Theorising the dynamics of collaborative consumption practices: A comparison of peer-to-peer accommodation and cohousing

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This article aims to make a contribution to a more nuanced, theory-based interpretation of current dynamics of Collaborative Consumption (CC). First, I develop my own definition of CC practices, highlighting the engagement of at least two individuals who get involved in direct interaction and make use of the same units of goods and services. This conceptualisation leads me to a compilation of some exemplary CC practices. Empirical data shows a very uneven diffusion of these practices in France and in Germany. Social Practice Theory (SPT) is suggested as very fruitful theoretical framework to explain these diverging dynamics. To illustrate the usefulness of this approach, I then compare two specific CC forms, P2P accommodation and cohousing. My analysis shows that P2P accommodation has formed a highly attractive practice configuration with very good chances to 'recruit hosts', while cohousing presents a rather demanding 'practice-as-entity' with rather restricted opportunities to find practitioners. To conclude, I suggest to complement SPT with insights from the Multi-Level-Perspective in order to better account for 'systemic', vertical processes, which affect the 'availability' of practice elements.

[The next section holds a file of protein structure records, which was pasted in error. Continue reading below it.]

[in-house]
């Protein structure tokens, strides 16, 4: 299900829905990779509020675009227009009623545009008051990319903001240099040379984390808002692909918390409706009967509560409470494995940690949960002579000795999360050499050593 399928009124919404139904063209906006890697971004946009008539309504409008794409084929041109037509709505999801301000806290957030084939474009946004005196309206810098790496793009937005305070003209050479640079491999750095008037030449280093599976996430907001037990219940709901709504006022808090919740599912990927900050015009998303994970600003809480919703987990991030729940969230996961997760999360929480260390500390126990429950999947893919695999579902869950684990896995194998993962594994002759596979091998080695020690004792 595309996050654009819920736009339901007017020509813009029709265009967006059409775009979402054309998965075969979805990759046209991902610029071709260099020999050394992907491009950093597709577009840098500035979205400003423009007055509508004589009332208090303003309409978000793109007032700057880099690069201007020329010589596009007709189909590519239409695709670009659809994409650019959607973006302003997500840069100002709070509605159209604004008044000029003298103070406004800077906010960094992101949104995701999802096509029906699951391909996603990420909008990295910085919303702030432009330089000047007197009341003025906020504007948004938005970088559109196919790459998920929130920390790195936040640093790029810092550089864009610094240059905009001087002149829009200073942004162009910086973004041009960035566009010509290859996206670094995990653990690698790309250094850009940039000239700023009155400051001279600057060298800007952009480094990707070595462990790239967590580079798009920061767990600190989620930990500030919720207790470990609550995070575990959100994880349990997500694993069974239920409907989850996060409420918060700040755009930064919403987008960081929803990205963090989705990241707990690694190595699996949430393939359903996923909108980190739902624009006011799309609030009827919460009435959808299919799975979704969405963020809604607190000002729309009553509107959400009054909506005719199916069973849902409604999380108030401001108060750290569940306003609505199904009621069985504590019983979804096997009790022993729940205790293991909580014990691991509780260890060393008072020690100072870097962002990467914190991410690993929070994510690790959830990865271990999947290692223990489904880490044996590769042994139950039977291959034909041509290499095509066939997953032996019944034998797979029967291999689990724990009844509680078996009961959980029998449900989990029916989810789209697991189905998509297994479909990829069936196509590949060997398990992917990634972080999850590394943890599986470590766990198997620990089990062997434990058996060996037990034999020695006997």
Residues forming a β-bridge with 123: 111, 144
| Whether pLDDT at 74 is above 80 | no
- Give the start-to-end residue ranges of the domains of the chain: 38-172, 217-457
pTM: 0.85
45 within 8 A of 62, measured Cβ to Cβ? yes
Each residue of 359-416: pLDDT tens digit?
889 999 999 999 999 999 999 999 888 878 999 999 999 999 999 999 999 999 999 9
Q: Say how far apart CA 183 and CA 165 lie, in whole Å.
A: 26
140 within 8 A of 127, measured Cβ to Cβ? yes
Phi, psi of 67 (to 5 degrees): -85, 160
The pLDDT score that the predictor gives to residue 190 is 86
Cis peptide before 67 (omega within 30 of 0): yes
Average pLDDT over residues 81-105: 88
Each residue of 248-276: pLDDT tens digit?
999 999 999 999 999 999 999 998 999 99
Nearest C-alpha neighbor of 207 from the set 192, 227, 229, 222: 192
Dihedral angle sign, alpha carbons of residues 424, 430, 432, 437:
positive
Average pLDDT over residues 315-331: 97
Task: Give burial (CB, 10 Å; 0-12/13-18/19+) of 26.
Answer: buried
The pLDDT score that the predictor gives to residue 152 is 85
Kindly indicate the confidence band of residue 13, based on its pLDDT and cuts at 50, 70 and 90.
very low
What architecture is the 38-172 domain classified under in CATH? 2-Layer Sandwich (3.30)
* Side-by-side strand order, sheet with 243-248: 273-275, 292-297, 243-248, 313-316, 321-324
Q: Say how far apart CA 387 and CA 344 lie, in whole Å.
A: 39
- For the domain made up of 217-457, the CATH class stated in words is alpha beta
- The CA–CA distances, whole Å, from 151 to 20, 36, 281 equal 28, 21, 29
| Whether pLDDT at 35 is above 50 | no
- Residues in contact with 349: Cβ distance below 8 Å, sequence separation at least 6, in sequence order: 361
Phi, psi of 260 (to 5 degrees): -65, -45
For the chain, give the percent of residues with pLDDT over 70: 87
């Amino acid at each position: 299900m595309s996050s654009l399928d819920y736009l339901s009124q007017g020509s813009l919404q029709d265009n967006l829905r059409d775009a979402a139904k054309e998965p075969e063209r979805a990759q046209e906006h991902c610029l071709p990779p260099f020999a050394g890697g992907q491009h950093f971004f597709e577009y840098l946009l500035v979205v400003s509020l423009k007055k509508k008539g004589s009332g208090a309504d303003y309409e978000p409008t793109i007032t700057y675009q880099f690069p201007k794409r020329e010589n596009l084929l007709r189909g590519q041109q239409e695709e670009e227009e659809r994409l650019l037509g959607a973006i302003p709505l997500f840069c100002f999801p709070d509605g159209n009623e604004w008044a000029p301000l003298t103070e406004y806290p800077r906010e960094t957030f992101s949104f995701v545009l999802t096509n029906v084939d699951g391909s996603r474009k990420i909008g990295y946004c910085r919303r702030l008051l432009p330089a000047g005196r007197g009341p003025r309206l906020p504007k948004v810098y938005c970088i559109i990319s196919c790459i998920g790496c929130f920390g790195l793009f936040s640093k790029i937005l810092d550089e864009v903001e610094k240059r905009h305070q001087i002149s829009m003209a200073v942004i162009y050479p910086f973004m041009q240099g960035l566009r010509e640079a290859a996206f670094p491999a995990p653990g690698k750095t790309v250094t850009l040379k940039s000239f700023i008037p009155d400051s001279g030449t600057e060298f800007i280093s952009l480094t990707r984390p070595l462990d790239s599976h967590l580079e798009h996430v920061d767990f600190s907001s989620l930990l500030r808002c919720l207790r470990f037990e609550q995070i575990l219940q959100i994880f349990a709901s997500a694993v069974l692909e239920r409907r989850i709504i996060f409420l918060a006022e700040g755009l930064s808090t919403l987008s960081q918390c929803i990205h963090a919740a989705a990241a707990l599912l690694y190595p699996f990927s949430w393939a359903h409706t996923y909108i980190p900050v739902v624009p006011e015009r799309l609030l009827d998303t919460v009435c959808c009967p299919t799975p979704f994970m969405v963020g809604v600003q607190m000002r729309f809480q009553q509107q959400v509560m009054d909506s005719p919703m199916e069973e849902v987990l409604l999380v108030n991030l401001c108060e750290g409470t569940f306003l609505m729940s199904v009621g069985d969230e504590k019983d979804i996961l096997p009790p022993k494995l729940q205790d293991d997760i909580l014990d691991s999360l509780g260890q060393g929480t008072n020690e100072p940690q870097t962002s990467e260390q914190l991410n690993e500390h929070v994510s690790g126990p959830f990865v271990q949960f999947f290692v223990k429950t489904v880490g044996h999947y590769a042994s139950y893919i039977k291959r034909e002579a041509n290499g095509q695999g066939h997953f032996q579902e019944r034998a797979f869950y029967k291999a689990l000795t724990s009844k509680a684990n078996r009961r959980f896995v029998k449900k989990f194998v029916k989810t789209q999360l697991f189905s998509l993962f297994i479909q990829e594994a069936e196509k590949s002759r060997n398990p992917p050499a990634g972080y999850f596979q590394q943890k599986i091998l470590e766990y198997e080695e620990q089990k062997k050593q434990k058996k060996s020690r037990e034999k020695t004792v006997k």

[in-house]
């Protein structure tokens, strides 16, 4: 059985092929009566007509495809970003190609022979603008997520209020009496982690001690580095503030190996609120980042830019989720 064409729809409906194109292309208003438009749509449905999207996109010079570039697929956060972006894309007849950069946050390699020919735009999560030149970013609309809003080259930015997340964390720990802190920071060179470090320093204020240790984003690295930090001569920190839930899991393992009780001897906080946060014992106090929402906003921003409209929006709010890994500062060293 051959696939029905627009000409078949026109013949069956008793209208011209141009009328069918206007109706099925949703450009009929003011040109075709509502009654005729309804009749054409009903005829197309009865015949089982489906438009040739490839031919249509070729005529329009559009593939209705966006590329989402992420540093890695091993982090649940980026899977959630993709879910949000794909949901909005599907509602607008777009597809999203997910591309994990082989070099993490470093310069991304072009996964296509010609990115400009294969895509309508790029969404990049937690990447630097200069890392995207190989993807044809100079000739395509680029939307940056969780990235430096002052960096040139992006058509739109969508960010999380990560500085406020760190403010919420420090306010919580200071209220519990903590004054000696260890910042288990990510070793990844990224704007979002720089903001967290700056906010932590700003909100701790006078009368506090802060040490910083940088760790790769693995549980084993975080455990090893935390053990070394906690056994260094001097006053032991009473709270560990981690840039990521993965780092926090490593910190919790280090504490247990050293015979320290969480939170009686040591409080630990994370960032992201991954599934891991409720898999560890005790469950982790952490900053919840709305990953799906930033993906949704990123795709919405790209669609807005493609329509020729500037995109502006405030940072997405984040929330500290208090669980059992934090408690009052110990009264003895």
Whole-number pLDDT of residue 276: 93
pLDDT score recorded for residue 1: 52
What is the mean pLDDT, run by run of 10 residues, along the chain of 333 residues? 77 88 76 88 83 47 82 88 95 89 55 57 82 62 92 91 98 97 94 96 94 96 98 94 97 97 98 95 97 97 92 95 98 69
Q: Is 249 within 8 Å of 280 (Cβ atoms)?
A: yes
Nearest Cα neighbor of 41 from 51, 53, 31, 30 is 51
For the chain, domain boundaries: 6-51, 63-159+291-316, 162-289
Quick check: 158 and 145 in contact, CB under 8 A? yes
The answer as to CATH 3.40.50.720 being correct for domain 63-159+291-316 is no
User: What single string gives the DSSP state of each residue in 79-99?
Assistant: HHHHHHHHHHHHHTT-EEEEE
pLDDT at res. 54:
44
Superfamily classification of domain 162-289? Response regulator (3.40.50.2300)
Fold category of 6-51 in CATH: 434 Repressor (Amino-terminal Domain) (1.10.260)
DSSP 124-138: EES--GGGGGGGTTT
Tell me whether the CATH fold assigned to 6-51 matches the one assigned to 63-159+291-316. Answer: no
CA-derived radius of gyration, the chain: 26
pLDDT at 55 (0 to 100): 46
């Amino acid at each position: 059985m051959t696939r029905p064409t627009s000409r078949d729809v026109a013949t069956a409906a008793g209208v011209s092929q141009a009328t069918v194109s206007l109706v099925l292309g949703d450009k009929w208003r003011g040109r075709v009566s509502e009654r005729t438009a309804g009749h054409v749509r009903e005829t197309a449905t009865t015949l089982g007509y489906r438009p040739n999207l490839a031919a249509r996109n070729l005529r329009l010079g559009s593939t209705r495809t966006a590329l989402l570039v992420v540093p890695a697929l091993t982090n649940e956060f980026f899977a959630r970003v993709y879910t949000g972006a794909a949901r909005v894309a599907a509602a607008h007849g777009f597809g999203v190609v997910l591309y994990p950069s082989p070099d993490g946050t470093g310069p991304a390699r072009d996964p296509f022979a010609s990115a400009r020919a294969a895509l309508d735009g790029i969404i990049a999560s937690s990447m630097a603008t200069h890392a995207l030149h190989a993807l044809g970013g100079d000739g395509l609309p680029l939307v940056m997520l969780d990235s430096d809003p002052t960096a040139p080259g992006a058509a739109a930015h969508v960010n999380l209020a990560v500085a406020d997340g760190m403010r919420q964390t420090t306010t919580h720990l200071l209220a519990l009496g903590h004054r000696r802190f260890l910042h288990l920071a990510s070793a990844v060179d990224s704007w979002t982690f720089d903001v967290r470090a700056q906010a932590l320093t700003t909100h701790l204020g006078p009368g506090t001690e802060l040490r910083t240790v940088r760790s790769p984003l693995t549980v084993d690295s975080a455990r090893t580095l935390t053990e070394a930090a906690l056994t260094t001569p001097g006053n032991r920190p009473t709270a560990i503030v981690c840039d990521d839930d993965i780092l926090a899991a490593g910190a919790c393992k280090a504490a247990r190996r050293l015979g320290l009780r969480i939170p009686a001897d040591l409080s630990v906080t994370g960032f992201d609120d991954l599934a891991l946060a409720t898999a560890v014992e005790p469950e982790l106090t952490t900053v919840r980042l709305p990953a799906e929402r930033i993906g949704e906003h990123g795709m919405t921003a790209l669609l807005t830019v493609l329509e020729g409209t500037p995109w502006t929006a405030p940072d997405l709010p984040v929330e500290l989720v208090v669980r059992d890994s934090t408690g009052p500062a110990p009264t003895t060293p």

Original languageEnglish
JournalEnvironmental Innovation and Societal Transitions
Issue numberJune
Pages (from-to)53–69
Number of pages17
Publication statusPublished - 06.2017

    Research areas

  • Cohousing, Collaborative consumption, P2P accommodation, Sharing economy, Social practice theory